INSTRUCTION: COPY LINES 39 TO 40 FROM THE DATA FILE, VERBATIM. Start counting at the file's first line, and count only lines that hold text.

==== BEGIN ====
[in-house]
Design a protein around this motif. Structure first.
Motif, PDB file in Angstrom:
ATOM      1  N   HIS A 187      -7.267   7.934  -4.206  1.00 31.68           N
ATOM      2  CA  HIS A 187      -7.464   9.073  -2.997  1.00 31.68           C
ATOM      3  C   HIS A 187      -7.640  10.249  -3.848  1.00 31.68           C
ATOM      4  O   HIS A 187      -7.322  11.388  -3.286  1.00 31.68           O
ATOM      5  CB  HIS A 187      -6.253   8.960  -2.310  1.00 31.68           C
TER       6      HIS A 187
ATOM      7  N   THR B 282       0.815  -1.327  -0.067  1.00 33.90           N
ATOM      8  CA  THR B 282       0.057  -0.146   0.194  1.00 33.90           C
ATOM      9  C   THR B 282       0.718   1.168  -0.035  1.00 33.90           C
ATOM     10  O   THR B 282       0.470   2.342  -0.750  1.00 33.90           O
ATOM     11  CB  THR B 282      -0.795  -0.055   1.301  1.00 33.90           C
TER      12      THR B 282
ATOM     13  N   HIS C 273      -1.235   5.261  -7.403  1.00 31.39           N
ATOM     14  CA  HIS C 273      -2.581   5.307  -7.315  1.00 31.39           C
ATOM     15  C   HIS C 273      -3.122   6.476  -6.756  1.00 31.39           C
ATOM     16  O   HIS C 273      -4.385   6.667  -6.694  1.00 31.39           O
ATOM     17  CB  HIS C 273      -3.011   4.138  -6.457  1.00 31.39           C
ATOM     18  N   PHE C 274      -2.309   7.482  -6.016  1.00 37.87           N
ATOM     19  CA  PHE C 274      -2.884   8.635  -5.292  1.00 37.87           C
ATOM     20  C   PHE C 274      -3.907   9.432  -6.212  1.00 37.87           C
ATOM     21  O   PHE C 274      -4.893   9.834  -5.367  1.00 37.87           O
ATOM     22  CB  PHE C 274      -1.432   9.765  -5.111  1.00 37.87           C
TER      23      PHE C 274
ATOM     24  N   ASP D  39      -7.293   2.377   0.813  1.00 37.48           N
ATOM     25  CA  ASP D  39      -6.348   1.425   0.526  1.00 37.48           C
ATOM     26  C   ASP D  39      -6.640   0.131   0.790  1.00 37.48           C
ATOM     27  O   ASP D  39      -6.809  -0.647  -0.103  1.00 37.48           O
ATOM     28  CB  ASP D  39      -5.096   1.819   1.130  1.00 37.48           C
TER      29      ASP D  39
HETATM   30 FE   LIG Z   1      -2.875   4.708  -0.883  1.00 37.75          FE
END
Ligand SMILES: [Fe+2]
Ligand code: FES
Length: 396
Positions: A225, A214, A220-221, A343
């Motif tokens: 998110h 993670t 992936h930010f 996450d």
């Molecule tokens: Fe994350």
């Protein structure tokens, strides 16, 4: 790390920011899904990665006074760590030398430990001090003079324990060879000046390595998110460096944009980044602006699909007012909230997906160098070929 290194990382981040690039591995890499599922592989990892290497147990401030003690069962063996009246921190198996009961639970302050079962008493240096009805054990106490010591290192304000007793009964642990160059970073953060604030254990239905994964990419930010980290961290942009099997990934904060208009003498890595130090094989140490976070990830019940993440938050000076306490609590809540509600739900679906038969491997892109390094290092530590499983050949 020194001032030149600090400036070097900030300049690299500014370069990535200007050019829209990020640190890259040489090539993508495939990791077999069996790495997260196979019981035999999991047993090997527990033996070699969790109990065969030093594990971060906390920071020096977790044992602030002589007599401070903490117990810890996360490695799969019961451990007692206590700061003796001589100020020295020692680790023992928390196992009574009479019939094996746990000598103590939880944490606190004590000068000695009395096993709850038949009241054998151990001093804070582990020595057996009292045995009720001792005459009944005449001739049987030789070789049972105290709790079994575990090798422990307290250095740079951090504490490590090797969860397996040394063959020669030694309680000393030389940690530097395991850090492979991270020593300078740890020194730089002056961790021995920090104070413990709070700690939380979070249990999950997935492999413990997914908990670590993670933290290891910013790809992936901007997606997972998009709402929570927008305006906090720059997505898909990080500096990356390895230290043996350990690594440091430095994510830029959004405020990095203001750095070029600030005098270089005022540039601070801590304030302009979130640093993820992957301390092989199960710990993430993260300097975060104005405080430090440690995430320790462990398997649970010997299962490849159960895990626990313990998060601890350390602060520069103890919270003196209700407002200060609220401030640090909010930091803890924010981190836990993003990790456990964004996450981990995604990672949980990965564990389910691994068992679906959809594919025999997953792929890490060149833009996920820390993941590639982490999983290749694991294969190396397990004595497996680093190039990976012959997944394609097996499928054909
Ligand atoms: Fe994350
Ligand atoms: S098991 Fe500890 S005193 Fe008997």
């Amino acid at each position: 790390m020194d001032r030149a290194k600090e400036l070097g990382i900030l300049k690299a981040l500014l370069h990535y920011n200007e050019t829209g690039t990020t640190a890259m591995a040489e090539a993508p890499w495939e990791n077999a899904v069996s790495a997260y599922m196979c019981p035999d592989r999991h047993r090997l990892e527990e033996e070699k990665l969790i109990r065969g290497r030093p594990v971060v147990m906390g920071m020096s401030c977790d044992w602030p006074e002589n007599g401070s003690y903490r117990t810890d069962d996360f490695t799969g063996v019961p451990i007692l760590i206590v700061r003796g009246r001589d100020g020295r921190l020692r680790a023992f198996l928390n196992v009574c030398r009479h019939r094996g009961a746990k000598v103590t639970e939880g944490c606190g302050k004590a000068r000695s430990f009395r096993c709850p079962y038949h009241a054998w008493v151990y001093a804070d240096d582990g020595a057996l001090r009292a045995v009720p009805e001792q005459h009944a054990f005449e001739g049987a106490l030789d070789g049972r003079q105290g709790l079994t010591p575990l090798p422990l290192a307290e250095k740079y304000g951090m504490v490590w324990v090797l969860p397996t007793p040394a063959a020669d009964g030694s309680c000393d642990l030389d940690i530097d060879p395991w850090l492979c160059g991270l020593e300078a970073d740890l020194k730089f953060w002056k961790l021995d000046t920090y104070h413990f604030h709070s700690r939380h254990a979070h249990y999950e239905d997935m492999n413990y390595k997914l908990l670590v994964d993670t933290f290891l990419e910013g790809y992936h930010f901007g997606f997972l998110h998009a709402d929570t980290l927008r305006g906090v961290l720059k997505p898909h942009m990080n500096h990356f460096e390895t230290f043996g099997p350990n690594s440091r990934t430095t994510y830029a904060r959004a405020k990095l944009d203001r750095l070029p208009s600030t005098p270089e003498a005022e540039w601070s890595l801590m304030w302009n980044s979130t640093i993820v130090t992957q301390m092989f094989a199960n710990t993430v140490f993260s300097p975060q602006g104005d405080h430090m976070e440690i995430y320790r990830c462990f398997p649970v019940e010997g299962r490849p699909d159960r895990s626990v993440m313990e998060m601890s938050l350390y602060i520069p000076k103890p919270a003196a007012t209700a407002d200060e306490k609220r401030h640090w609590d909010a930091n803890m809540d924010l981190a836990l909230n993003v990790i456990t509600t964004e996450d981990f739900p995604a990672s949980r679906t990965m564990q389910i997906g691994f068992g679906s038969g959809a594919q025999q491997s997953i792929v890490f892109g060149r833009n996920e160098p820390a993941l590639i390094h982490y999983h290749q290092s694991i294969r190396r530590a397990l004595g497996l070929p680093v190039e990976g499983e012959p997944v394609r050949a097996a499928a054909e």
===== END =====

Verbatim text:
């Motif tokens: 998110h 993670t 992936h930010f 996450d």
């Molecule tokens: Fe994350």